The poet yearns to go to the Lake Isle of Innisfree because he is seeking peace. On Innisfree he would be able to live alone in a small cabin, growing beans and keeping bees.
He explicitly states in the second stanza that he would find peace on Innisfree. He describes peace as leading a slow-paced life in a natural environment. He imagines feeling peaceful as he hears the crickets singing, sees the stars (midnight's "glimmer") and experiences evenings full of "linnet's wings."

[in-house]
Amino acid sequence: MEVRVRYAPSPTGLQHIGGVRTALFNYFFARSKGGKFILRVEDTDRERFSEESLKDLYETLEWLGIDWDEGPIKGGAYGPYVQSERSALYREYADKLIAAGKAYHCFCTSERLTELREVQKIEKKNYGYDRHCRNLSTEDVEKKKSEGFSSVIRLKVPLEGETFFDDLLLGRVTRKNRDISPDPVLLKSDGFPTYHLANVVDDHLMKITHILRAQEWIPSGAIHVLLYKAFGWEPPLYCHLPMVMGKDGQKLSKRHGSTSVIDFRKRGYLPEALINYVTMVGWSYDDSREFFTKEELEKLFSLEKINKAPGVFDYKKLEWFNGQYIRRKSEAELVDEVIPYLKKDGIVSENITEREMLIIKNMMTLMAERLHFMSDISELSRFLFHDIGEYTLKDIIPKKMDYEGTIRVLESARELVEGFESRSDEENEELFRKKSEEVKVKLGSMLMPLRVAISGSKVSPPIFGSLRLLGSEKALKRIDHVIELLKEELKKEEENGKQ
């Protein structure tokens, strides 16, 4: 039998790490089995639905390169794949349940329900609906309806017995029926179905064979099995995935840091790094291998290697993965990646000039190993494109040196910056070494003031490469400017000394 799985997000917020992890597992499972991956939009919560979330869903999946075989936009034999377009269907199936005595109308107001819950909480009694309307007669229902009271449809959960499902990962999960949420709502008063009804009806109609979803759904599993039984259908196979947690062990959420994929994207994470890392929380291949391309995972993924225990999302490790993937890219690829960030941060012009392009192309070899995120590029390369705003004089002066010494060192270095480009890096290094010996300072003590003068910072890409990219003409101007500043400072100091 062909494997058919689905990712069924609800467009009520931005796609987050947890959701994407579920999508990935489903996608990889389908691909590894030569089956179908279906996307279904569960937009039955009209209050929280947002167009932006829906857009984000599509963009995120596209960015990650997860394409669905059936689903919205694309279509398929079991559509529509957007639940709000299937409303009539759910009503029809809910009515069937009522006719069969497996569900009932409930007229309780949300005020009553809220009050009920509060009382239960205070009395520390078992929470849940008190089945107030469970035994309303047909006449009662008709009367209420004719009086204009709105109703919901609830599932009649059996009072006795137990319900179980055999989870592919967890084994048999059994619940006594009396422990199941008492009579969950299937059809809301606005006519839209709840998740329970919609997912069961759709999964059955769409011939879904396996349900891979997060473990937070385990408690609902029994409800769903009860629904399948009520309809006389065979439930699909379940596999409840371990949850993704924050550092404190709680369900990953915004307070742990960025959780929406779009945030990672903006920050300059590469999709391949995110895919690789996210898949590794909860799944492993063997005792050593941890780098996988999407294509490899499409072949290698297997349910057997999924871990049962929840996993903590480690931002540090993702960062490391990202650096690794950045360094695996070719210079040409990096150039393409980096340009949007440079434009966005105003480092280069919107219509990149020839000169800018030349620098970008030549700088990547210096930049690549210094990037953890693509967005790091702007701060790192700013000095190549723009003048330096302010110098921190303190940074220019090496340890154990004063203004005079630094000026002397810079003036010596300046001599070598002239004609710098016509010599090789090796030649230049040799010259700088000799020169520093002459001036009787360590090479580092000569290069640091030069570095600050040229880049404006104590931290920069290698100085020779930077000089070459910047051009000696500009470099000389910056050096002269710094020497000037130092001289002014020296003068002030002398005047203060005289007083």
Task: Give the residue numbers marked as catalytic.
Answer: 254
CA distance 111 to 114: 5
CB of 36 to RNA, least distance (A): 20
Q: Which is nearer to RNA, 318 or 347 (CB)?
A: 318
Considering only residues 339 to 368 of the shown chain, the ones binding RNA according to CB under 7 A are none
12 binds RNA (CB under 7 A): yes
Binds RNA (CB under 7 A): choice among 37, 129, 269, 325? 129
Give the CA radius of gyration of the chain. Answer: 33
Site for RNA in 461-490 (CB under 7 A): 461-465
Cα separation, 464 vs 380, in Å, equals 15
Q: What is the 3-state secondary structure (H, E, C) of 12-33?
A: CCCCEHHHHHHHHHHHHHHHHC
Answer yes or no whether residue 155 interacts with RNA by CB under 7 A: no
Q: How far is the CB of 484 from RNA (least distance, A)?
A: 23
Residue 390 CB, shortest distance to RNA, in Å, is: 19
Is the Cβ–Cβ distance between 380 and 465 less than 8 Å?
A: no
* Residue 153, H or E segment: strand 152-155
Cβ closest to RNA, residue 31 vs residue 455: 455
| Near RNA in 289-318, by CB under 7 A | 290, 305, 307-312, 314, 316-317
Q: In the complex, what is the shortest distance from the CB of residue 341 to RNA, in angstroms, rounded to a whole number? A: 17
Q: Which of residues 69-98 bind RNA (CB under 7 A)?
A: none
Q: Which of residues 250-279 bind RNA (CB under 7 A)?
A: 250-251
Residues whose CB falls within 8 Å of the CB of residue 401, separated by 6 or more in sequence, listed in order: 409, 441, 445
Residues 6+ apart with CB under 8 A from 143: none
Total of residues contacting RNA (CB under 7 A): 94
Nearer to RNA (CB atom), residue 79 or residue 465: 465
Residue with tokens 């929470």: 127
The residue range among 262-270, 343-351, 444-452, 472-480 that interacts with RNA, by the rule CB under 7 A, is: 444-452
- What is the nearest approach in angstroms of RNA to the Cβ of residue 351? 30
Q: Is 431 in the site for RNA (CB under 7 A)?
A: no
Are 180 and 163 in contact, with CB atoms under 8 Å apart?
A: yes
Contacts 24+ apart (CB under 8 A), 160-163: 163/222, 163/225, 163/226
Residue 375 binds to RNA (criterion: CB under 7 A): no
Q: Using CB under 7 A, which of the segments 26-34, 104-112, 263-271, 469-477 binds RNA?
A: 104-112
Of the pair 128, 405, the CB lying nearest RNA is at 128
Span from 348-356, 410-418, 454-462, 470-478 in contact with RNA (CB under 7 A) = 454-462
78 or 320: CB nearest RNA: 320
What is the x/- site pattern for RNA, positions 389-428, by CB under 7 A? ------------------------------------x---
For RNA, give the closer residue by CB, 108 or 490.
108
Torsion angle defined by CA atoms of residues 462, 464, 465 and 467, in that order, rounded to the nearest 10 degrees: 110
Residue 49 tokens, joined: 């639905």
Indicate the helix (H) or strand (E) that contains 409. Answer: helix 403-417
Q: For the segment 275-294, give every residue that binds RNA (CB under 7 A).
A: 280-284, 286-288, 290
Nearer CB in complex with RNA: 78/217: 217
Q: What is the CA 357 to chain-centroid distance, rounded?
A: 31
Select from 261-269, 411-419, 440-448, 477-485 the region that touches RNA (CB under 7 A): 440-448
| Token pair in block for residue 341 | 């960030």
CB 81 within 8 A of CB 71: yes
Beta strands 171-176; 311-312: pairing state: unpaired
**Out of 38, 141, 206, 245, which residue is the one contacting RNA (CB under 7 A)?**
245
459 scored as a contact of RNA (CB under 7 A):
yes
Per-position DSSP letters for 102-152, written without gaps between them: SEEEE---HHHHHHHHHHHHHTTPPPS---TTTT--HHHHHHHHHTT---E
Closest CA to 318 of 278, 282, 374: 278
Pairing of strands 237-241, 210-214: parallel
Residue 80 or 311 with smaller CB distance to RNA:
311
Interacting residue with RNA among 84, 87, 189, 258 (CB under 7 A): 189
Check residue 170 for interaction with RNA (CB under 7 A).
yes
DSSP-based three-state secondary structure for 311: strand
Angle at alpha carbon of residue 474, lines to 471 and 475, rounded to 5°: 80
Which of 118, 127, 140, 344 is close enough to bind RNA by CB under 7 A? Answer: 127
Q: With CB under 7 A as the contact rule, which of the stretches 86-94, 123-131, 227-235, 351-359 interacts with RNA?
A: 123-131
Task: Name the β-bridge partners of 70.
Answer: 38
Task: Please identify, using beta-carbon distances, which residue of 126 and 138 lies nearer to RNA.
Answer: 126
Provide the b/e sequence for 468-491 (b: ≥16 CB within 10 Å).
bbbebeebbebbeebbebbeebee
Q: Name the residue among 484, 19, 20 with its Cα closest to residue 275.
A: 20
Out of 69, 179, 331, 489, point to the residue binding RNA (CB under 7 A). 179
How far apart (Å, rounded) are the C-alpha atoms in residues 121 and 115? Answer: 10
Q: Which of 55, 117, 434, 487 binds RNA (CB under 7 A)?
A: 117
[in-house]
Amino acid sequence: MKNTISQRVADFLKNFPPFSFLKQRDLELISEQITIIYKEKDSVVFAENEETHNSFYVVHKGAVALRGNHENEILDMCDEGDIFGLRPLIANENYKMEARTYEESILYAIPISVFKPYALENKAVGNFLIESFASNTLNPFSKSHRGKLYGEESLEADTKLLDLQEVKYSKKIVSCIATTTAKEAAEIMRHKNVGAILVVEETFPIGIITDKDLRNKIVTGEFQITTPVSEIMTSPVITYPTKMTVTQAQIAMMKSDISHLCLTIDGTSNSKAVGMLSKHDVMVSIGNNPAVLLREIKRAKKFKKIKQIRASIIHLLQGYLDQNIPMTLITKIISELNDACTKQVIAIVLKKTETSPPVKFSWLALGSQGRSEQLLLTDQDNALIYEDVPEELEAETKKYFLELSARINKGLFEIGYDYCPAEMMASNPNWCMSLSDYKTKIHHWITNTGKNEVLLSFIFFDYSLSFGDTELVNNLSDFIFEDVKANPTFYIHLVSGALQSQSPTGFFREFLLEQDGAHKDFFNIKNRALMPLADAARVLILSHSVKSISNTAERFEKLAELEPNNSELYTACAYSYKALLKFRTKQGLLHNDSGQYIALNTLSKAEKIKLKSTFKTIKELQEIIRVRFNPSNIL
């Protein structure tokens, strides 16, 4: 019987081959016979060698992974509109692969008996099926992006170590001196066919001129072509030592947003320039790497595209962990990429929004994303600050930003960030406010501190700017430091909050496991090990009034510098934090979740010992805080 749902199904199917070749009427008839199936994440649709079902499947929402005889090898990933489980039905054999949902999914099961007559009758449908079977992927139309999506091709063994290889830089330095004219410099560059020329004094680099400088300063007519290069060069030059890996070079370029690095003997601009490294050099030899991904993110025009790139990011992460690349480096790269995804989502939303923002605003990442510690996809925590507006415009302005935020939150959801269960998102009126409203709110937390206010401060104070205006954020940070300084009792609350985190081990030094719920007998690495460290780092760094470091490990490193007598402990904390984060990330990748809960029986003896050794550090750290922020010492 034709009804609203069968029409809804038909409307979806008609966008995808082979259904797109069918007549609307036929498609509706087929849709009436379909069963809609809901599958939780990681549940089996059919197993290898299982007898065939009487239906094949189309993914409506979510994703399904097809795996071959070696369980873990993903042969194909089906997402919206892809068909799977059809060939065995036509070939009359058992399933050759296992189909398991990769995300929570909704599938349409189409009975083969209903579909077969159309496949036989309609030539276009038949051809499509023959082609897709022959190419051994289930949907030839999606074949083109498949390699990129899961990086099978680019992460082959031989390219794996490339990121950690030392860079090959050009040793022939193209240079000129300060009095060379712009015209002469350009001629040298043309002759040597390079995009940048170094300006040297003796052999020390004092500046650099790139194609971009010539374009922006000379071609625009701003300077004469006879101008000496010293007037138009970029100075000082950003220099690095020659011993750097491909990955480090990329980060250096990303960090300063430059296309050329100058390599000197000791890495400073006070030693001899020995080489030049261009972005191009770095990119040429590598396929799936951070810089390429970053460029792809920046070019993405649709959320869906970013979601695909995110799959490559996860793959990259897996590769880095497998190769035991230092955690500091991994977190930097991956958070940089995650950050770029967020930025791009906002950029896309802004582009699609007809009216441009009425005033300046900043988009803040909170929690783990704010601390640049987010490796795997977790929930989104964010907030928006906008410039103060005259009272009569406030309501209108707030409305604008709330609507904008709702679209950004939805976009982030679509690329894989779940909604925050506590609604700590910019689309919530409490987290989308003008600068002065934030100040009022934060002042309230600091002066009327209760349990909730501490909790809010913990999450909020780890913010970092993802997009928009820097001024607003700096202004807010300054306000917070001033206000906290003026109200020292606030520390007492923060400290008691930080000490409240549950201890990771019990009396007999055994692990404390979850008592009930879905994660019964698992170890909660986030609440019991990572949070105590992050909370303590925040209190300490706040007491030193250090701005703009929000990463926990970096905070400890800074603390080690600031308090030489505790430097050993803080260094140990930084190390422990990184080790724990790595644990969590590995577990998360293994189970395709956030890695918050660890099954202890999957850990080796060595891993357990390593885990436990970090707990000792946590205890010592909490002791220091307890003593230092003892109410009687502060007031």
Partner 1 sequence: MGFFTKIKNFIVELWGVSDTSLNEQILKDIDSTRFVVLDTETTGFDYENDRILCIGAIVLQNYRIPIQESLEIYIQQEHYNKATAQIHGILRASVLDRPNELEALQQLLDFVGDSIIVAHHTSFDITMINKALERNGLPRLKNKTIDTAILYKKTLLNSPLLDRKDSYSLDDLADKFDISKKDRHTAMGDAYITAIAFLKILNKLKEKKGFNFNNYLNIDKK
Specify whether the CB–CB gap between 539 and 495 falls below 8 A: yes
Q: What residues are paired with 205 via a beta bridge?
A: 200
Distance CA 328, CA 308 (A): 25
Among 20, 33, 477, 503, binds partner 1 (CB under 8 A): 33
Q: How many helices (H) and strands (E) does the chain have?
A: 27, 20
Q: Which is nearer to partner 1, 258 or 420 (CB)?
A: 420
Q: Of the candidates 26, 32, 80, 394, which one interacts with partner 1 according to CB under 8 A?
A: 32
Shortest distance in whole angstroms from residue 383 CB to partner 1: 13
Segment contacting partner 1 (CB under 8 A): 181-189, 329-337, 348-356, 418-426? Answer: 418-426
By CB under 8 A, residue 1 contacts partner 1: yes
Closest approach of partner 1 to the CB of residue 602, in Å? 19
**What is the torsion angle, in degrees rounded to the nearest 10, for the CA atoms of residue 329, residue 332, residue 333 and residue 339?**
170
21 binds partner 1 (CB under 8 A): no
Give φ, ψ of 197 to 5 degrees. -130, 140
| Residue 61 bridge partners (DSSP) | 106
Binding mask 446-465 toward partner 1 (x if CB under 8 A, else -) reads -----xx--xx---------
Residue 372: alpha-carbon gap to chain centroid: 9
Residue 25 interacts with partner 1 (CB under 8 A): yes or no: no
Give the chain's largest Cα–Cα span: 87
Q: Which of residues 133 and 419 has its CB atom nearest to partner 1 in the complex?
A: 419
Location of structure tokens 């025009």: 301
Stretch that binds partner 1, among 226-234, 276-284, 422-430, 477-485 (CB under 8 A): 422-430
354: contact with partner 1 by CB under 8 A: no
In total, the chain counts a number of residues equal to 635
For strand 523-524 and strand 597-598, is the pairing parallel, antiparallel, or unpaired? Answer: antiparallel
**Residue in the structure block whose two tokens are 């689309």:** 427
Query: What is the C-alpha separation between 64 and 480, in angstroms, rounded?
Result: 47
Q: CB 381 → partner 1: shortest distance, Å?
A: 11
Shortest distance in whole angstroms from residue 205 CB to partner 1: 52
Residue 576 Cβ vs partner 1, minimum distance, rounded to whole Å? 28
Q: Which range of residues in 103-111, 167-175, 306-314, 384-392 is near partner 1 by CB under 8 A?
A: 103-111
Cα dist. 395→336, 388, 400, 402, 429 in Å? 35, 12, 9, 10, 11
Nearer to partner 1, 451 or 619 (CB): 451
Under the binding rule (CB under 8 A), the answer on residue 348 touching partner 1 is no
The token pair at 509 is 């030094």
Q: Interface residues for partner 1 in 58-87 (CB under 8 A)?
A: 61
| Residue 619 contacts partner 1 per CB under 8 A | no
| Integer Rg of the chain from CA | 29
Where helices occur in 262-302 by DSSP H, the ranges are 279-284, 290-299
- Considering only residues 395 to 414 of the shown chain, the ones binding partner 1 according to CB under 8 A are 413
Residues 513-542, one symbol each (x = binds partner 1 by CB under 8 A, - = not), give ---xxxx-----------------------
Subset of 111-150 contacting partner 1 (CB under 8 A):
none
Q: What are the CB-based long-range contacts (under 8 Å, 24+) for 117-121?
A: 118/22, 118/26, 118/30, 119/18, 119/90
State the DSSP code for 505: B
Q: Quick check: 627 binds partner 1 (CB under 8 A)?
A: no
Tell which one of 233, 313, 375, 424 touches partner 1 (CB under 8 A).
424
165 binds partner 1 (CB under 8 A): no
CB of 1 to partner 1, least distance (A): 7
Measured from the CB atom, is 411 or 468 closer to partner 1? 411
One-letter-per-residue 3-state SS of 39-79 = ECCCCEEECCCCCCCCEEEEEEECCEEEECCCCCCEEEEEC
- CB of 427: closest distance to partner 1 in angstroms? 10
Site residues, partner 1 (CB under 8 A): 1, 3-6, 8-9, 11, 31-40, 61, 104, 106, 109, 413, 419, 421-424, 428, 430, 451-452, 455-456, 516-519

In the third stanza, he contrasts this natural idyll with what he has been experiencing: standing on "roadways" or "pavements" (sidewalks), which suggests he has been living in a city or a busy, congested area. This is what he hopes to escape.
The poet is part of a long lineage of writers seeking peace and refuge in nature, simplicity, and solitude, away from the stress and crowds of cities and modern life.